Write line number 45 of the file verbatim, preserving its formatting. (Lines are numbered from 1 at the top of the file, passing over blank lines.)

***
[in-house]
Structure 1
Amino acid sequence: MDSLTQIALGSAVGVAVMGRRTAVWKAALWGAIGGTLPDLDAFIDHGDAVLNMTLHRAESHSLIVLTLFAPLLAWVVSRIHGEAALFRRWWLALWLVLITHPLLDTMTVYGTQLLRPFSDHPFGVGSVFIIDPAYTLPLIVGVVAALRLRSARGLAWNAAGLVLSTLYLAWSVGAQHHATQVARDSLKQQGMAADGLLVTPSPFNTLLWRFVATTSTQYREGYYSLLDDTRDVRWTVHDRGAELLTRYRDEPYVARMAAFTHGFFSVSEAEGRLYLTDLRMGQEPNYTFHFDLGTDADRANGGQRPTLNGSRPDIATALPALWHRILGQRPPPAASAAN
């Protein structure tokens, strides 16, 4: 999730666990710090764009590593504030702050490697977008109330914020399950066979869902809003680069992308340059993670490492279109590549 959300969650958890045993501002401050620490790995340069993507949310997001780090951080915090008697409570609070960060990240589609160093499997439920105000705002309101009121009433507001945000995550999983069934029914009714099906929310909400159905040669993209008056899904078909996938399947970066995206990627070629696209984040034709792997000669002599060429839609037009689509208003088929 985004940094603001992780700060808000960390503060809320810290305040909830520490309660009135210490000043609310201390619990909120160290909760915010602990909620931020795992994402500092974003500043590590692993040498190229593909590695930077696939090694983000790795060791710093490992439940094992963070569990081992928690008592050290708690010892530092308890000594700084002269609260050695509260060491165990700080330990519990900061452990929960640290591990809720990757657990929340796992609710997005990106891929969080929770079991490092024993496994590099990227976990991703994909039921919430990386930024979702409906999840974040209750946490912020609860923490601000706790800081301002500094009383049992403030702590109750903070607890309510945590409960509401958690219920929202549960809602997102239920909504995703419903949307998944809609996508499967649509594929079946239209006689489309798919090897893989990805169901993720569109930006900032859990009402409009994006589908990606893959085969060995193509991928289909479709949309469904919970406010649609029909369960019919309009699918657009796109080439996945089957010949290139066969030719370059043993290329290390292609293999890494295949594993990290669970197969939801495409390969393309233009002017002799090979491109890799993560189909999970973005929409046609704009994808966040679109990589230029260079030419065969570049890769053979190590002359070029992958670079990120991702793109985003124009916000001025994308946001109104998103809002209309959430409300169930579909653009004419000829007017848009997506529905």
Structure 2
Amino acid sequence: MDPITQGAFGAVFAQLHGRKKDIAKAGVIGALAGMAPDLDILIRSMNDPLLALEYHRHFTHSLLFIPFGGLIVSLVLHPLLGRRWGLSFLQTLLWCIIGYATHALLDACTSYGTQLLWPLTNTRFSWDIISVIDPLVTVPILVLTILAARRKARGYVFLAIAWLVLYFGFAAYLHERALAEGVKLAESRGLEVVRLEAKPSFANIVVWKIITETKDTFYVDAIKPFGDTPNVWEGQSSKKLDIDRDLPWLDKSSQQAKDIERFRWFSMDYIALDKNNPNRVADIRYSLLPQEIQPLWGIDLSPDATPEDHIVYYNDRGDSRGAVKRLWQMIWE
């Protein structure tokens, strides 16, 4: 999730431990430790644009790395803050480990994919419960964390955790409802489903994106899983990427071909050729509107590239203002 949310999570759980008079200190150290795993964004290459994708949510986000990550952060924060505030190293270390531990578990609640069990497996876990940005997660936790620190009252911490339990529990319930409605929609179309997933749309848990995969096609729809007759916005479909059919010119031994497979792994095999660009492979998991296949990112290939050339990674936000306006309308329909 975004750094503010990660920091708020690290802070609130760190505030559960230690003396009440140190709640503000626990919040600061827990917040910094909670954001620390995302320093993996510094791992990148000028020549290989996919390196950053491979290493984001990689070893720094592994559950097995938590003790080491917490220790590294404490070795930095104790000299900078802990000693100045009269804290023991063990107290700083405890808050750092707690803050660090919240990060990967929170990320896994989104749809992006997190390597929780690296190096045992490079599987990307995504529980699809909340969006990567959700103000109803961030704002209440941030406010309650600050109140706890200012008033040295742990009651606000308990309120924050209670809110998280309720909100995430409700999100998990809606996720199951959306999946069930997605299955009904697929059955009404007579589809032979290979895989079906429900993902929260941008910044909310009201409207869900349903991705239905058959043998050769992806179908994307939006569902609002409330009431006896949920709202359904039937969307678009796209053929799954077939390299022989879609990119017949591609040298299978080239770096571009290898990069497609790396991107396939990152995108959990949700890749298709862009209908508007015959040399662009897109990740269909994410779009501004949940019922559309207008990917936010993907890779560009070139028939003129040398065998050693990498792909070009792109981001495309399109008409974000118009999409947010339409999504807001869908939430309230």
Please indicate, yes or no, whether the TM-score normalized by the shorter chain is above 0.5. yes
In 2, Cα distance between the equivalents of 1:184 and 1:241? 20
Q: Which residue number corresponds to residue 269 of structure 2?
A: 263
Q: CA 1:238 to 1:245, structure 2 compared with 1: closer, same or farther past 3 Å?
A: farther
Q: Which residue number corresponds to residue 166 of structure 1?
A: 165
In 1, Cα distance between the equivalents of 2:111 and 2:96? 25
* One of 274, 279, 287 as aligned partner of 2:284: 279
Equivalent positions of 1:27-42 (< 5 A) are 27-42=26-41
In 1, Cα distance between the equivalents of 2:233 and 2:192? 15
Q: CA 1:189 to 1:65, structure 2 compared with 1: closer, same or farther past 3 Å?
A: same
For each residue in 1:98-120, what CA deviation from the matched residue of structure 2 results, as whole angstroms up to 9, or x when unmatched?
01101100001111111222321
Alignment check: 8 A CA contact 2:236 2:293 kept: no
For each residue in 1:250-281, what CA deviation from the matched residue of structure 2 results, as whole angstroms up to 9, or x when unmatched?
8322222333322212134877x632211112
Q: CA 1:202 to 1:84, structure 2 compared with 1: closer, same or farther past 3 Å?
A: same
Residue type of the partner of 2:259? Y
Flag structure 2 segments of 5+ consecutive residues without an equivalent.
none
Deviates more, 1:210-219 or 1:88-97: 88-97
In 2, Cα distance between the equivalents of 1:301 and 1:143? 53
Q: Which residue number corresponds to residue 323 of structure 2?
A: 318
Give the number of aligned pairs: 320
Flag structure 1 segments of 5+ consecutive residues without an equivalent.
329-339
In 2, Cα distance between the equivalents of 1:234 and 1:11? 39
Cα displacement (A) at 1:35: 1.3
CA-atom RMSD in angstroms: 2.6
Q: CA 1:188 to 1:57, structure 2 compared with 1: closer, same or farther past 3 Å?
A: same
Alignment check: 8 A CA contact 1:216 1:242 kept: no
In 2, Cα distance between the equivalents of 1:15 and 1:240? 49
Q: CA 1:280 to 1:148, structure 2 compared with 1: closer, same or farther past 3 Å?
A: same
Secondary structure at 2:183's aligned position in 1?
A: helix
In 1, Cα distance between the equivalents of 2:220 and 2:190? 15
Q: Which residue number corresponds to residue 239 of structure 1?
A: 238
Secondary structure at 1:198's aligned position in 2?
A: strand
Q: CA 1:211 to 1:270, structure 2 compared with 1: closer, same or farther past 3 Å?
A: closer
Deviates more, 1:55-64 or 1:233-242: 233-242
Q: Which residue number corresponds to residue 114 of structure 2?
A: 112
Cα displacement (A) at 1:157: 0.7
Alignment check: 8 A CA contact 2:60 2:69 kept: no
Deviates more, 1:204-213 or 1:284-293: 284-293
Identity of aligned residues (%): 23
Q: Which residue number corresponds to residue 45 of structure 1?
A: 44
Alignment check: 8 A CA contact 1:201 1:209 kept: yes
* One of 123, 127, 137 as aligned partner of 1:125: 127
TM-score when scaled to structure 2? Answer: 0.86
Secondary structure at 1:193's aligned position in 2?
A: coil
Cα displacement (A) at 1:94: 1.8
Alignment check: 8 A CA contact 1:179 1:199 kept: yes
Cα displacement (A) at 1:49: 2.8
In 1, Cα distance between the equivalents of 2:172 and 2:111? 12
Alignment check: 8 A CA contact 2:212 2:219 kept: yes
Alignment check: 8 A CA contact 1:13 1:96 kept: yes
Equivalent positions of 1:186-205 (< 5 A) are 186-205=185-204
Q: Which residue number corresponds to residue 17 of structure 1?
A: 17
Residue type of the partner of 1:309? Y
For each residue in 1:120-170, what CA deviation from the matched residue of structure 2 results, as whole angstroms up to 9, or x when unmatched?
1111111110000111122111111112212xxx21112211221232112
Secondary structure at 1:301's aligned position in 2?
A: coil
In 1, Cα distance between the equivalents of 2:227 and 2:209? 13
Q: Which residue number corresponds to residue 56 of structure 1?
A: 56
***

In 2, Cα distance between the equivalents of 1:15 and 1:240? 49